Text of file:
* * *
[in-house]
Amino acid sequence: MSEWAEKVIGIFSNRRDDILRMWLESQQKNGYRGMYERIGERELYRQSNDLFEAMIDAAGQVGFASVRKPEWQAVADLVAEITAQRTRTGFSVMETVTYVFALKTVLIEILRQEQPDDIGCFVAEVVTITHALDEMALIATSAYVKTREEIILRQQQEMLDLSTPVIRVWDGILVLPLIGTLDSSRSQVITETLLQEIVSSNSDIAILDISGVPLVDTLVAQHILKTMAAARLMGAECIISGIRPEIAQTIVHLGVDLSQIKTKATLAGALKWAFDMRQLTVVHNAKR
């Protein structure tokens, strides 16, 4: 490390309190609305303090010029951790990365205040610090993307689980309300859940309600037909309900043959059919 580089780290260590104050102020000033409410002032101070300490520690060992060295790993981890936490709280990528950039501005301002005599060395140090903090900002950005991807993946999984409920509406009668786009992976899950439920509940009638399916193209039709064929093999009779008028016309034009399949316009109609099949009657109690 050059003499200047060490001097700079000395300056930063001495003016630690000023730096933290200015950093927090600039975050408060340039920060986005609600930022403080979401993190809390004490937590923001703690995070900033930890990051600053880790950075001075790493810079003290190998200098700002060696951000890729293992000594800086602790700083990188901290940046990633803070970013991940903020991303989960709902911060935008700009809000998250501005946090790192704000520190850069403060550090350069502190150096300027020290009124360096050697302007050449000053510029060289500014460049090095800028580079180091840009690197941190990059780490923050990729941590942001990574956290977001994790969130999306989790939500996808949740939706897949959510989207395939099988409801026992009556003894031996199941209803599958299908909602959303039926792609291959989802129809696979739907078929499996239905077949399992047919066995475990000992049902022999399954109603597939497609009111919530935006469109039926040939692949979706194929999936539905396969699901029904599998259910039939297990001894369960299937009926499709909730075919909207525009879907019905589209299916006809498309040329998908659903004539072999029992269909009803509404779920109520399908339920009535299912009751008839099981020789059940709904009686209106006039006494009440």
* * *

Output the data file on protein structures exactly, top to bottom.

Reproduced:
[in-house]
Amino acid sequence: MSEWAEKVIGIFSNRRDDILRMWLESQQKNGYRGMYERIGERELYRQSNDLFEAMIDAAGQVGFASVRKPEWQAVADLVAEITAQRTRTGFSVMETVTYVFALKTVLIEILRQEQPDDIGCFVAEVVTITHALDEMALIATSAYVKTREEIILRQQQEMLDLSTPVIRVWDGILVLPLIGTLDSSRSQVITETLLQEIVSSNSDIAILDISGVPLVDTLVAQHILKTMAAARLMGAECIISGIRPEIAQTIVHLGVDLSQIKTKATLAGALKWAFDMRQLTVVHNAKR
């Protein structure tokens, strides 16, 4: 490390309190609305303090010029951790990365205040610090993307689980309300859940309600037909309900043959059919 580089780290260590104050102020000033409410002032101070300490520690060992060295790993981890936490709280990528950039501005301002005599060395140090903090900002950005991807993946999984409920509406009668786009992976899950439920509940009638399916193209039709064929093999009779008028016309034009399949316009109609099949009657109690 050059003499200047060490001097700079000395300056930063001495003016630690000023730096933290200015950093927090600039975050408060340039920060986005609600930022403080979401993190809390004490937590923001703690995070900033930890990051600053880790950075001075790493810079003290190998200098700002060696951000890729293992000594800086602790700083990188901290940046990633803070970013991940903020991303989960709902911060935008700009809000998250501005946090790192704000520190850069403060550090350069502190150096300027020290009124360096050697302007050449000053510029060289500014460049090095800028580079180091840009690197941190990059780490923050990729941590942001990574956290977001994790969130999306989790939500996808949740939706897949959510989207395939099988409801026992009556003894031996199941209803599958299908909602959303039926792609291959989802129809696979739907078929499996239905077949399992047919066995475990000992049902022999399954109603597939497609009111919530935006469109039926040939692949979706194929999936539905396969699901029904599998259910039939297990001894369960299937009926499709909730075919909207525009879907019905589209299916006809498309040329998908659903004539072999029992269909009803509404779920109520399908339920009535299912009751008839099981020789059940709904009686209106006039006494009440």